Drawn principally from John W. Montgomery, “A Critique of Certain Uncritical Assumptions in Modern Historiography,” and adapted by Scott L. Keith.

Professional historians frequently assert that "miracles" are not a proper subject for historical investigation. To this end, the English historian and lawyer, F. W. Maitland openly claimed that all the miraculous events recorded in Scripture—such as, Creation, the Fall, the Flood, the story of Abraham and Moses, and Joshua, etc.—are, by most thinking men, thought to be merely mythological accounts and are not to be taken as historical events at all.

Maitland’s assumption that Biblical materials should be regarded primarily as faith-documents and not as reliable historical sources is by no means unique to him. In fact, Analytical philosopher, Anthony Flew, in his work God and Philosophy, well summarizes the case against treating miracles as historical events:

"The basic propositions are: first, that the present relics of the past cannot be interpreted as historical evidence at all, unless we presume that the same fundamental regularities obtained then as still obtain today; second, that in trying as best he may to determine what actually happened the historian must employ as criteria all his present knowledge, or presumed knowledge, of what is probable or improbable, possible or impossible; and, third, that, since miracle has to be defined in terms of practical impossibility the application of these criteria inevitably precludes proof of a miracle."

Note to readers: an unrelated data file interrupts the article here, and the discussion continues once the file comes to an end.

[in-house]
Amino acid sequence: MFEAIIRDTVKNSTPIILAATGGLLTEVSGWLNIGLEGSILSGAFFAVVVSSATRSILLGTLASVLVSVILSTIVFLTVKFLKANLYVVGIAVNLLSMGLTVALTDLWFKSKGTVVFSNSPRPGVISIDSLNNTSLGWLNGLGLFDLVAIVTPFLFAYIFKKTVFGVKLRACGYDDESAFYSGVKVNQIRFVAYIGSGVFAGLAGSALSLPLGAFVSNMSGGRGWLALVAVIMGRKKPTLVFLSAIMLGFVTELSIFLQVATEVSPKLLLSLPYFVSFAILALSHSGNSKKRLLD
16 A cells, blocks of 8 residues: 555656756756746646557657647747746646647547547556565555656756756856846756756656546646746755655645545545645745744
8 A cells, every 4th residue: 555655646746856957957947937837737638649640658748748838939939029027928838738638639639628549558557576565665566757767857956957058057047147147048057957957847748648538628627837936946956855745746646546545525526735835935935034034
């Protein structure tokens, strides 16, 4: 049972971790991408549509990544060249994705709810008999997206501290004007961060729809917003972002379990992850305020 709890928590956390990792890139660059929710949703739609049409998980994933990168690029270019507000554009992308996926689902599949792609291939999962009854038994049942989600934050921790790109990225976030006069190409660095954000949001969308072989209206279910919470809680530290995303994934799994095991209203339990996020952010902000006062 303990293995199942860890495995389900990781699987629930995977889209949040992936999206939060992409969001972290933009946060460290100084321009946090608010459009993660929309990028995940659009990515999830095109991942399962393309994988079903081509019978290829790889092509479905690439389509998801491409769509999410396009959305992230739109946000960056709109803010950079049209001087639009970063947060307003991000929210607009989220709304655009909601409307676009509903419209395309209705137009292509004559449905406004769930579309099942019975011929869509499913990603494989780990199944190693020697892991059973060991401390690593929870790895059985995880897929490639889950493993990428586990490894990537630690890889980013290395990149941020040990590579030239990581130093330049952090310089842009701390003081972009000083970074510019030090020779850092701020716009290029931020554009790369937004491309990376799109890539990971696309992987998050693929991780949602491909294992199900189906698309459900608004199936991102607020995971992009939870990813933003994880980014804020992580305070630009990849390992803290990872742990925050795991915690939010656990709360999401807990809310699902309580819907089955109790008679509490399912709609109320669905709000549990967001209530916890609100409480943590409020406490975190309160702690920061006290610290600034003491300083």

Flew argues that the proponent of miracles has no “right” to argue for them by a consistent underlying method of investigation (the empirical method) since one cannot assume that miracles regularly occur. That is, once a miracle has happened, there would be no reason to consider empirical method as necessarily applicable, without exception. So according to Flew, it could be impossible to the investigate miracles at all in the first place!